Matthew Moffatt, the owner of Smash! Records in Washington, D.C., was looking forward to Record Store Day, the annual April event when music fans descend upon local record stores to purchase limited-release music recorded on vinyl.
Music stores, like all nonessential businesses, have been closed in Washington and Maryland since late March, forcing the cancellation of Record Store Day during what is typically the most lucrative time of year for independent record stores.
“I would say that it’s probably every record store’s busiest day of the year, even for the stores that don’t participate,” Moffatt said.
Record Store Day has been postponed until June, but in the meantime record store owners like Moffatt are looking for new ways to serve a clientele base of fanatics and obsessives, including pricing and selling records on online platforms like Discogs.com.
Long before the coronavirus crisis, stores that sold vinyl records were on the endangered list, disrupted by digital services that allowed buyers to download music on devices such as iPods or on their computers rather than purchase physical media.
In 2008, music stores started to fight back by establishing Record Store Day as a way to celebrate independently owned record shops. The idea sprang up from record store owners in Baltimore.
Today, thousands of record stores across the globe participate in the event, and it has received the support of numerous artists, including Jack White, Metallica and Dave Grohl.
Record Store Day is considered a major reason why the vinyl industry has recovered in the past decade. Last year, global vinyl sales were the highest they have been since the early 1990s.
“The fact that record stores could even exist before this is because there are people that are addicted to physical pieces of music — for good reason,” said Moffatt, adding that the compassionate nature of record store customers has helped him immensely in recent weeks. “I’m very thankful I have a customer base that is actually thinking about me right now.”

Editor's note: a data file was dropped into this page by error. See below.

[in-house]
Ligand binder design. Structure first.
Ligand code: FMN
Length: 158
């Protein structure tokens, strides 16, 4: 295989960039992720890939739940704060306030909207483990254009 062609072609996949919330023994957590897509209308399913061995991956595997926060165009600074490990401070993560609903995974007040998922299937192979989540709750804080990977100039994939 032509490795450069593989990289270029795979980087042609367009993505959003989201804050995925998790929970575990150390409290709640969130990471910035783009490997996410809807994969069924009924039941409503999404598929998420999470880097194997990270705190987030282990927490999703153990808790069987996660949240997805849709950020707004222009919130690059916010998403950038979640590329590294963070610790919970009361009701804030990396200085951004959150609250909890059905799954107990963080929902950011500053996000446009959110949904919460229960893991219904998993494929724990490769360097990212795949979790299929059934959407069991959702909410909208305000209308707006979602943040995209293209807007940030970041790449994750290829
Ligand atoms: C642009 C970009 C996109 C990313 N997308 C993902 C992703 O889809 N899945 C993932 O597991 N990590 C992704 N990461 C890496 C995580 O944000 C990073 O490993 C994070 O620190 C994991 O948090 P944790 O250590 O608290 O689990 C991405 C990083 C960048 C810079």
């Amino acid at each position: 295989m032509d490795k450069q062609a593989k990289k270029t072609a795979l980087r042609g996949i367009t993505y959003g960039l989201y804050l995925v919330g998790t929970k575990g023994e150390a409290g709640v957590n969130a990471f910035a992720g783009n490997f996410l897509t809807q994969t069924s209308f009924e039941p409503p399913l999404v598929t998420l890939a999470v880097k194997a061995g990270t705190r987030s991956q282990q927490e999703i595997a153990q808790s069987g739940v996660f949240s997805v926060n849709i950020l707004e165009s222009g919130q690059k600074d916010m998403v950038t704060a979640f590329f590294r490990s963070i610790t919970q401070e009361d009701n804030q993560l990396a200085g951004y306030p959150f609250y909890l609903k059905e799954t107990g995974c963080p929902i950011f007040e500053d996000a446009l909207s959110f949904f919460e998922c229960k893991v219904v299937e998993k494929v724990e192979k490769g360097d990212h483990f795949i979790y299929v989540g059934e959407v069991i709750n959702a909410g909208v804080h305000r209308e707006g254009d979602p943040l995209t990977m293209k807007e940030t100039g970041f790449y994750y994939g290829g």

Much of this support reflects the store’s reputation as a long-time Washington area institution, which first opened in 1984. Moffatt himself was a Smash! customer before he took over the store in 2006.
He now is navigating the process of selling music online via Discogs.com, which can be described as the Amazon of the vinyl industry. Stores and other users can create a page and sell records from the site.
The website currently contains more than 11 million releases from a wide array of genres. Buyers can navigate Smash!’s page on Discogs and purchase anything that normally would be available in the stores.
Discogs recently reported that in mid-March, more than 34,716 new releases were cataloged by users, the largest number of contributions to its database in any two-week period. The company attributed the growth to social distancing and stay-home orders, which prompted more people to catalog their music.
For some, purchasing albums on Discogs is superior to walking into a local record store. But others still prefer the experience of flipping through records with their hands.
David Goldberg, a longtime Smash! shopper who recently purchased store credit to be used later, believes the role a record store plays in a community is vital.
“While it’s easy to find new music through the internet, there’s nothing quite like holding the record in your hand,” Goldberg said. “Without local stores, we wouldn’t be able to access so many different bands that Amazon and wherever wouldn’t carry. It’s important to both support local businesses but also smaller bands that are making some of the most exciting music out there.”
Sheila Hunt, co-owner of Record Exchange Silver Spring, is making sure her customers are not losing that sense of community while they are stuck in their homes. Record Exchange is conducting virtual “flip-throughs” on Facebook and Instagram, so customers can see what is new to the store from the comfort of their couches.
“The record store is not just about buying for a lot of our customers, it’s kind of their touchstone for the week. It’s their relaxation for the week,” Hunt said. “So we want to make sure that we give them that experience virtually.”
Hunt said she doesn’t know whether the new Record Store Day date of June 20 is realistic, but she is confident that as soon as nonessential businesses can open back up in Maryland, the fear of coronavirus will not deter record lovers from getting back to normal.
“We do our best to make sure that the store is clean and the product is clean. I don’t think it will necessarily stop people from coming to the record store. I think people are going to be looking to do something they’re familiar with and something they love,” Hunt said.
Moffatt, like Hunt, said he thinks the record store will provide music fans with a social music experience once nonessential businesses are open, seeing as it will presumably be a much longer time before people are allowed to attend concerts and music festivals.
“I think maybe places like this can serve as a stepping stone to normalcy. They can get a slice of (the live music) experience by coming to a place like this,” Moffatt said.